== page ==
Montgomery County Commissioner Joe Gale and younger brother Sean announced Tuesday that they are taking their brand of Republican establishment-bashing politics statewide in 2022.
Joe Gale said he’s running for Pennsylvania governor. Sean Gale, an attorney, confirmed in an email that he’s running for U.S. Senate.
Both seats are open next year because Democratic Gov. Tom Wolf is term-limited and Republican Sen. Pat Toomey isn’t seeking reelection. The Republican primaries in both contests are expected to draw a stampede of candidates.
In a statement, Joe Gale recounted his many battles with the Montgomery County Republican Party, starting with his decision to run against an endorsed candidate for commissioner at the age of 26 in 2015. He won that race and has since welcomed controversy while in office, including last year labeling Black Lives Matter a “radical left-wing hate group.”
Gale’s statement repeated many of the insults he and his brother have hurled at fellow Republicans over the years, and touted their support for former President Donald Trump. It took particular aim at Toomey, one of only seven Republicans who voted to convict Trump at his second impeachment trial last week.
Joe Gale knocked Toomey as “a textbook RINO (Republican in name only) who has been an utter disappointment to conservative voters.”
“Sadly, in the final days of Donald Trump’s sabotaged presidency and the bogus impeachment that followed, we have witnessed the beginning of a concerted effort by entrenched politicians and party bosses to return the Republican Party to the failed policies and platforms of the Bush, McCain and Romney era,” Joe Gale said. “However, the Republican Party cannot go backward to move forward.”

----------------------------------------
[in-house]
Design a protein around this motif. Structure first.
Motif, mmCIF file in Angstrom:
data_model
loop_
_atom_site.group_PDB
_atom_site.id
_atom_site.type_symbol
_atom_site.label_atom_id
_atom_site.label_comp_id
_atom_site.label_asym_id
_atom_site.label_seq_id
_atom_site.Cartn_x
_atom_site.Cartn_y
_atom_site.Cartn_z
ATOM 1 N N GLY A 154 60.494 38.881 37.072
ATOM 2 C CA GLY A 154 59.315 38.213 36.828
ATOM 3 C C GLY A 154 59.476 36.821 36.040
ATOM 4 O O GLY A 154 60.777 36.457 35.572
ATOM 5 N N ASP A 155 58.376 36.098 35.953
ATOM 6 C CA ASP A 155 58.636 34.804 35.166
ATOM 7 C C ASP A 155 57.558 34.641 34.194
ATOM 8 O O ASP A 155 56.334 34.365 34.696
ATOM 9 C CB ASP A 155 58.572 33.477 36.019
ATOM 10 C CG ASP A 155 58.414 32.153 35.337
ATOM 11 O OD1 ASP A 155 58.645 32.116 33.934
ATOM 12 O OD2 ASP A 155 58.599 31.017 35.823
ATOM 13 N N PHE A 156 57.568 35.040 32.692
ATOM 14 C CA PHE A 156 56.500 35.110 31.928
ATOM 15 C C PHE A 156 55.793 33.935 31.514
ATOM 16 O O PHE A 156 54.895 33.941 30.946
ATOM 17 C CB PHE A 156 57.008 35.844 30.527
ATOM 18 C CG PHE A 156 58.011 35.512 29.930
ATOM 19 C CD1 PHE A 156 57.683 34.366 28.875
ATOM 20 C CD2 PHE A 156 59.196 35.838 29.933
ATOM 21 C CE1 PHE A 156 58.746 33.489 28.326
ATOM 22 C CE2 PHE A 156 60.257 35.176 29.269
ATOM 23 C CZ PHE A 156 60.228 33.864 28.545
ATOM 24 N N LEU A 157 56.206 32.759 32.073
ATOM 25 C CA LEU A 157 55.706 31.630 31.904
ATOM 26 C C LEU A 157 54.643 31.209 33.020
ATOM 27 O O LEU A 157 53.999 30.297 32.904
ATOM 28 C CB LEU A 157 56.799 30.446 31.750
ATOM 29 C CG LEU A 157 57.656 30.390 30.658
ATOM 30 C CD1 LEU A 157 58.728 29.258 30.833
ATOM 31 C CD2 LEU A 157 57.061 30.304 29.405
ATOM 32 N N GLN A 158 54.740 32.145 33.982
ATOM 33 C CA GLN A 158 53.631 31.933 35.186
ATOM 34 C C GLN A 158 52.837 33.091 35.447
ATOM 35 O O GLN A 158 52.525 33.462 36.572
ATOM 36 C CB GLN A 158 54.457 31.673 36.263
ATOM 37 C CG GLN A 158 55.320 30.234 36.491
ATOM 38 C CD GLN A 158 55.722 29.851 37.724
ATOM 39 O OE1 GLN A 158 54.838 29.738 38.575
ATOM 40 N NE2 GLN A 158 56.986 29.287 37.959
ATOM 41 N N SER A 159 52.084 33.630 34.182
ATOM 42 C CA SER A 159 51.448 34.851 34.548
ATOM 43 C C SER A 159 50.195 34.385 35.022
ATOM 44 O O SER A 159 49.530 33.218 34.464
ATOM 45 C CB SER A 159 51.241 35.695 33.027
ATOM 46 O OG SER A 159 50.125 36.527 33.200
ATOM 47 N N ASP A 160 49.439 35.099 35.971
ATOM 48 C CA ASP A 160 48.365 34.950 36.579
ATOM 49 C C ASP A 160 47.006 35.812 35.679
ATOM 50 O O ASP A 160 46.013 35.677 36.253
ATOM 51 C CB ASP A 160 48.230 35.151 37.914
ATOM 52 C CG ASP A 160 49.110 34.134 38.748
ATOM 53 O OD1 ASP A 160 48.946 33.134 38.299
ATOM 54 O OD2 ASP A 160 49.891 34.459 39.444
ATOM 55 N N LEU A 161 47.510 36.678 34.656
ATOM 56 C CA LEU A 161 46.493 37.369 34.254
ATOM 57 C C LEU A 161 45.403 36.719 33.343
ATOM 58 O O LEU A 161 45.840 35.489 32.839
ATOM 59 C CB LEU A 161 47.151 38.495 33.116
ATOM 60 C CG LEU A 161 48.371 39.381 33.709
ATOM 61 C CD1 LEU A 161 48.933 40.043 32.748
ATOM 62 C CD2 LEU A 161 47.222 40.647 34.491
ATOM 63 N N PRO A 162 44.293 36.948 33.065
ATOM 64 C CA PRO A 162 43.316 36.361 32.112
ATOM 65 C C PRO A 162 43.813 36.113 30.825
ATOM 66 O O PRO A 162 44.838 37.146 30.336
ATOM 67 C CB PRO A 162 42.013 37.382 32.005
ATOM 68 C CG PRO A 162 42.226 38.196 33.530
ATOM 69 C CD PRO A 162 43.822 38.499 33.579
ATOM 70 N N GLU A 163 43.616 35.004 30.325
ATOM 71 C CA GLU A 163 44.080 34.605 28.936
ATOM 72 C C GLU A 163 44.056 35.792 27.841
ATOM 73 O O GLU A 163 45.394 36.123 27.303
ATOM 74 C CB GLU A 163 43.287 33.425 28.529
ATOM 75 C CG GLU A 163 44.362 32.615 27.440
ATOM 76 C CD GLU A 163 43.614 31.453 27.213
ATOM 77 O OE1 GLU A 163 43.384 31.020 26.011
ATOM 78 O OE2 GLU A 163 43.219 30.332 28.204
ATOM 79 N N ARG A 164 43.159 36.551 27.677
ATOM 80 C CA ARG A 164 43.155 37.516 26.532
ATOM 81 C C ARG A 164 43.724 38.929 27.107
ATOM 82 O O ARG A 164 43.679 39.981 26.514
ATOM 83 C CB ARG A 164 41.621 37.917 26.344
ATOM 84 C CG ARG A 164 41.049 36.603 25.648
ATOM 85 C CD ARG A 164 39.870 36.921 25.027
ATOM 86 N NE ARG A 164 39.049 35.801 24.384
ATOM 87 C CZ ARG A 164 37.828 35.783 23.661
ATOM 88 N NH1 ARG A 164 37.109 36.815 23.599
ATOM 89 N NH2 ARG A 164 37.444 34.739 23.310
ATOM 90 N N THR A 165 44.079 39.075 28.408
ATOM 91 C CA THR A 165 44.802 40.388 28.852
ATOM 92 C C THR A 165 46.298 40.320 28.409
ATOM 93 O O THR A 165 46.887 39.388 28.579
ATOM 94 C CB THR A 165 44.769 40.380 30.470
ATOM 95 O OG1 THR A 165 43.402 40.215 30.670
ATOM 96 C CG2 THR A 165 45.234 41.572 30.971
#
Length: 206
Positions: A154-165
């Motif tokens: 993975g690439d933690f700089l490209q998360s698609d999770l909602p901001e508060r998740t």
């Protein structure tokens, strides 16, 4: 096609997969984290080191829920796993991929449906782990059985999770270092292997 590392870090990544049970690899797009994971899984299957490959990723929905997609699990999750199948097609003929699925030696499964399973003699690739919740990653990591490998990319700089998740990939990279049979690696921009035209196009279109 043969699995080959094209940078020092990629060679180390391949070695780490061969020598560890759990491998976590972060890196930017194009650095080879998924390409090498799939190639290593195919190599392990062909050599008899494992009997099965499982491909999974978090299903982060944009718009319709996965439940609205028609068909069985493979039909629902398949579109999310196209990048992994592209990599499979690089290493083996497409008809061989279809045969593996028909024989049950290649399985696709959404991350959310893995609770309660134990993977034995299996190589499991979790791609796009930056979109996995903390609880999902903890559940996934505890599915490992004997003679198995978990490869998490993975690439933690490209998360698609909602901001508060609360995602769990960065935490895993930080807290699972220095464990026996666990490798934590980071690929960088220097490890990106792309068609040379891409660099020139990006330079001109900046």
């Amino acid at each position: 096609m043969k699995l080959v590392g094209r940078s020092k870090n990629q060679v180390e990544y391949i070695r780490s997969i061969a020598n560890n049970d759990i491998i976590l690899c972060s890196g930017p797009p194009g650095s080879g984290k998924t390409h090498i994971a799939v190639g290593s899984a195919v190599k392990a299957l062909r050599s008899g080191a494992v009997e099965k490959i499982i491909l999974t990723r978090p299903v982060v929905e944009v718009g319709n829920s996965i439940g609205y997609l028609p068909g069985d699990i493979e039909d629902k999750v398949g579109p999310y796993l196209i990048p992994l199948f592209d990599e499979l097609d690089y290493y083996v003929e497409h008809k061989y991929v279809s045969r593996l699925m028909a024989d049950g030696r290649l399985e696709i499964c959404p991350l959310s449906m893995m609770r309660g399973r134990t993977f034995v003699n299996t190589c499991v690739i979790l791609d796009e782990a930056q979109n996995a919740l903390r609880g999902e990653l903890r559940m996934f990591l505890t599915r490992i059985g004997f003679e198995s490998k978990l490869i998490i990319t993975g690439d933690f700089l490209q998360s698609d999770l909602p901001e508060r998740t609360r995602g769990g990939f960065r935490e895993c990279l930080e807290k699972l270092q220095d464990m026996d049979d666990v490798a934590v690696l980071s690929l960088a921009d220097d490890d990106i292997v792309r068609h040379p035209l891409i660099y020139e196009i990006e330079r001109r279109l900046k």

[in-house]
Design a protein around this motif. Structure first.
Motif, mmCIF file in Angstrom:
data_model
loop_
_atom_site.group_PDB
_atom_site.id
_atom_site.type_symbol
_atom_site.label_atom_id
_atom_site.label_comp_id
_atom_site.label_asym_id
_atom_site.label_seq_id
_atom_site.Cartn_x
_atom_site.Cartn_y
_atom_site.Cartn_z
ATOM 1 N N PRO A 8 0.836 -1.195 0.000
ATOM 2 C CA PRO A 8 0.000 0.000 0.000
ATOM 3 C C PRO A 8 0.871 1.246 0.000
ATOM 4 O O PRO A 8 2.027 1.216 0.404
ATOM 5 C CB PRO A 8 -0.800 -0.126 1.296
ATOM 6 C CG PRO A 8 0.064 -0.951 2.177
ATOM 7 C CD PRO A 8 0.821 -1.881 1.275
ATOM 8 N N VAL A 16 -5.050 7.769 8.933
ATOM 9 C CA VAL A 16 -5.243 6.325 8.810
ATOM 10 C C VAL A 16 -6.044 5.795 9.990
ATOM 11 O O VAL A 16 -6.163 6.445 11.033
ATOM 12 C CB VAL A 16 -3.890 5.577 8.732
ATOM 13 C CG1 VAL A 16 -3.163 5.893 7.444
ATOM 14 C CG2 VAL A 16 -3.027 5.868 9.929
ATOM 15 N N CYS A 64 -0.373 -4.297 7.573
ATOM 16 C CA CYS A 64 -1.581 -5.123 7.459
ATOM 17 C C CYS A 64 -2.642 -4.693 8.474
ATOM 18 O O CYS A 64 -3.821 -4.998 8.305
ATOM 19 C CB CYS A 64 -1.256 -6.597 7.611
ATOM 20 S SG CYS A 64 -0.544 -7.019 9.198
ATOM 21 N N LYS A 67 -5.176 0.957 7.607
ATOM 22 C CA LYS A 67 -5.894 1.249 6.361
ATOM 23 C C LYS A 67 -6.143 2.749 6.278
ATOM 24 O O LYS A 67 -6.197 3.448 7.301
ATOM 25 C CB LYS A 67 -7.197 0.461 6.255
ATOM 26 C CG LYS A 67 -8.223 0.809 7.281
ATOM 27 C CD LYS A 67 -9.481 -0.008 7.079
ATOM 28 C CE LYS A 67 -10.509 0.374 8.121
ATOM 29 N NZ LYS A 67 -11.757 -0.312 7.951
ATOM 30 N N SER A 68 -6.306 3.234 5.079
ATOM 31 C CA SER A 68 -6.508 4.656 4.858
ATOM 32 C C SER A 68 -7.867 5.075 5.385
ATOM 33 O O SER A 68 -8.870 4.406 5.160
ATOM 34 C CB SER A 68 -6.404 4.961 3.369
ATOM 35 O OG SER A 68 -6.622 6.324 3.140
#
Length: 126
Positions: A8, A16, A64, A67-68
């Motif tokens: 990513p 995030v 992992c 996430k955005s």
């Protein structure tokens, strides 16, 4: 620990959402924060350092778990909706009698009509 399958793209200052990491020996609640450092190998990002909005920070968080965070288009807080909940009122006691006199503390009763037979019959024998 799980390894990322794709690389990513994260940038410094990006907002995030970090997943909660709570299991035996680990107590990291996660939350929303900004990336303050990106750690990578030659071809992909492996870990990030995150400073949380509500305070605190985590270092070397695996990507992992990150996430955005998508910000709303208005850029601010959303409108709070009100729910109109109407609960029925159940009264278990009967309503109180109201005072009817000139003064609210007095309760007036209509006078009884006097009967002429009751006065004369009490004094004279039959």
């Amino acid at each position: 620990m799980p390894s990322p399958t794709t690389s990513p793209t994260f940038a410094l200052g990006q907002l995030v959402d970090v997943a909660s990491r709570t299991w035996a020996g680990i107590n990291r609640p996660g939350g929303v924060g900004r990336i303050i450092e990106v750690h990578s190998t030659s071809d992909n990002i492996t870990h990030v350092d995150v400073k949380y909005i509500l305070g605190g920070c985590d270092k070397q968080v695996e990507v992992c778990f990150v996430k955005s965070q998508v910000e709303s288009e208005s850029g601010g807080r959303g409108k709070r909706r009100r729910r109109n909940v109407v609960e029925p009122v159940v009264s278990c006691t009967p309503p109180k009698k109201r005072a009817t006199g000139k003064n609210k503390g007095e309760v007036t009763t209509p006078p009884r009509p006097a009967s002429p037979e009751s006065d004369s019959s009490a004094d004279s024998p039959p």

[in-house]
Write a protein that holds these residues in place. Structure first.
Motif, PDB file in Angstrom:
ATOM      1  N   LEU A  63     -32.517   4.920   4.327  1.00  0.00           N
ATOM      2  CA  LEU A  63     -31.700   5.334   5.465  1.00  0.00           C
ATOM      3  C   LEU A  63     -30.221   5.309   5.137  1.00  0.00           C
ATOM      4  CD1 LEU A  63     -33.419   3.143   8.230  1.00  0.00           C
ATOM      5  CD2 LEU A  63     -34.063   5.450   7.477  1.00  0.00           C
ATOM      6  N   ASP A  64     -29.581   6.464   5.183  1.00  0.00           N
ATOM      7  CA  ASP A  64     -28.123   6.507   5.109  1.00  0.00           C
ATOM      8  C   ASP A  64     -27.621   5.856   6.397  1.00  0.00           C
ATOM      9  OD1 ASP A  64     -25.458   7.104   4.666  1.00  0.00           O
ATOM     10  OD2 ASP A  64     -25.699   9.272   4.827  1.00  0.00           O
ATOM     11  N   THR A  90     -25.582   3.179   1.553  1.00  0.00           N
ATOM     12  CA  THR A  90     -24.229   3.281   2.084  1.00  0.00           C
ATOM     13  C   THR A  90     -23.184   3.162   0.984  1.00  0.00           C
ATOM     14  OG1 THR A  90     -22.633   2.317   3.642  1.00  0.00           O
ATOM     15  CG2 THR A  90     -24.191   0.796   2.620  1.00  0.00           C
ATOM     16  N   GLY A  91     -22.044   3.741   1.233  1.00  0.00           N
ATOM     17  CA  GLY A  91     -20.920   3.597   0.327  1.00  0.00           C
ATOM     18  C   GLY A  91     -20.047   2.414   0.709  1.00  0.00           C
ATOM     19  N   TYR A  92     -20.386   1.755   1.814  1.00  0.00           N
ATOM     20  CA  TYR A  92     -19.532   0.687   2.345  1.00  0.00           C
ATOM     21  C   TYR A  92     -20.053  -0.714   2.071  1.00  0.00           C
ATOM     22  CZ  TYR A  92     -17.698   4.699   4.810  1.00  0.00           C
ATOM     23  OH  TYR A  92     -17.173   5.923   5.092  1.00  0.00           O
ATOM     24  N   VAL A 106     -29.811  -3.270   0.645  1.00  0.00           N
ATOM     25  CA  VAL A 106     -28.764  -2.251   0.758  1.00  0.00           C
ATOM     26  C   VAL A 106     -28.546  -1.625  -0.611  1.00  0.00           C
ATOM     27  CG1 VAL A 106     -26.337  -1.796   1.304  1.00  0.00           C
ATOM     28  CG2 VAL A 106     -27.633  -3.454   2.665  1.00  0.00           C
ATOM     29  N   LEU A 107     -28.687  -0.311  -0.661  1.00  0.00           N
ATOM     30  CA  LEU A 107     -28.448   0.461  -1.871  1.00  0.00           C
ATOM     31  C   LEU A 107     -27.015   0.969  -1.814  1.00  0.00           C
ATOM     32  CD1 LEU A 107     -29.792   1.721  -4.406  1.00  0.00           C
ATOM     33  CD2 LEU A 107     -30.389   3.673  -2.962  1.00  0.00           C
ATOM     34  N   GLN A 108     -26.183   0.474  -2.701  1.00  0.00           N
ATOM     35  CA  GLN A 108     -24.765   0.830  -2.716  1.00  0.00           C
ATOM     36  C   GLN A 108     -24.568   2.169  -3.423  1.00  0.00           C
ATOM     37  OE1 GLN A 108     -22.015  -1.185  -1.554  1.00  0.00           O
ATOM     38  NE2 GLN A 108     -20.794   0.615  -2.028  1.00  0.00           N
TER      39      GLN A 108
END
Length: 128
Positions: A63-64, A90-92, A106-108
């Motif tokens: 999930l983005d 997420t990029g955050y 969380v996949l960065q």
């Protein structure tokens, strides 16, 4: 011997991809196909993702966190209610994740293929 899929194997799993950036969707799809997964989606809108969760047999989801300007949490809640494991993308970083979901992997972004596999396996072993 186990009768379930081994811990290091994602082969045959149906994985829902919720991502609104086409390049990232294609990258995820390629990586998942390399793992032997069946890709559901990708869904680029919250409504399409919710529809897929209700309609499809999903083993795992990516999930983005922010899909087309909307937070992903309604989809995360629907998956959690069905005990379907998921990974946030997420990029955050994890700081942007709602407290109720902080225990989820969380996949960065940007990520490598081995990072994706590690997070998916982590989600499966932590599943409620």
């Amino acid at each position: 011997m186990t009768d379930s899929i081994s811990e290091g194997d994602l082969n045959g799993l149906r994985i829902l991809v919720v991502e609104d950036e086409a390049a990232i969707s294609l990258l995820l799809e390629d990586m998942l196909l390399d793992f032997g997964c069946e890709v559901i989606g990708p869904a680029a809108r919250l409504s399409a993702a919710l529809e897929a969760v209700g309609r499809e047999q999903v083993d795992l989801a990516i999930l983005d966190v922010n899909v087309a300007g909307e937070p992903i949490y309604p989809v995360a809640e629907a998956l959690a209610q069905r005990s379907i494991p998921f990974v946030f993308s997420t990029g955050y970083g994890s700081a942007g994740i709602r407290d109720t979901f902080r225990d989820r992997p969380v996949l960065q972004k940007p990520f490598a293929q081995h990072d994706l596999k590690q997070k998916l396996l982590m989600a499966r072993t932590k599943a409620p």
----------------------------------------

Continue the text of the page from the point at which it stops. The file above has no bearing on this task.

The Gale brothers declined an interview request Tuesday. Sean Gale, in an email, noted that he turned 30 on Monday, two days after Toomey voted to convict Trump. Sean Gale described that as Toomey stabbing Trump in the back. U.S. senators must be at least 30 years old to serve.
“I am now old enough to be a Senator and no longer have to sit on the sidelines, complaining and throwing my shoe at the television,” Sean Gale said.
This isn’t the first time the Gale brothers have teamed up as a ticket. They ran for seats on the county commission in 2019, hoping to take back Republican control of the governing board in the increasingly Democratic county. Sean Gale finished fourth out of five candidates in that Republican primary, while his brother finished second, securing a spot on the general election ballot. Joe Gale then won a second term.
Joe Gale, now 31, ran into an age-limit problem when he attempted to run for lieutenant governor in 2018. A judge ruled him ineligible as a candidate because the state constitution limits eligibility for that office to citizens “who shall have attained the age of 30 years.” Gale, who was 28 when he announced his candidacy and when he was removed from the ballot, would have been two months shy of 30 at the start of the lieutenant governor’s term in early 2019.
The two brothers are registered to vote at the home their parents bought 33 years ago in Plymouth Meeting. Sean Gale said they “care for our aging parents, both of whom are dealing with serious health issues.”
State Attorney General Josh Shapiro is widely seen as the early Democratic front-runner in the governor’s race. Other Republicans said to be eyeing the race include U.S. Rep. Dan Meuser and former Philadelphia insurance executive Daniel J. Hilferty.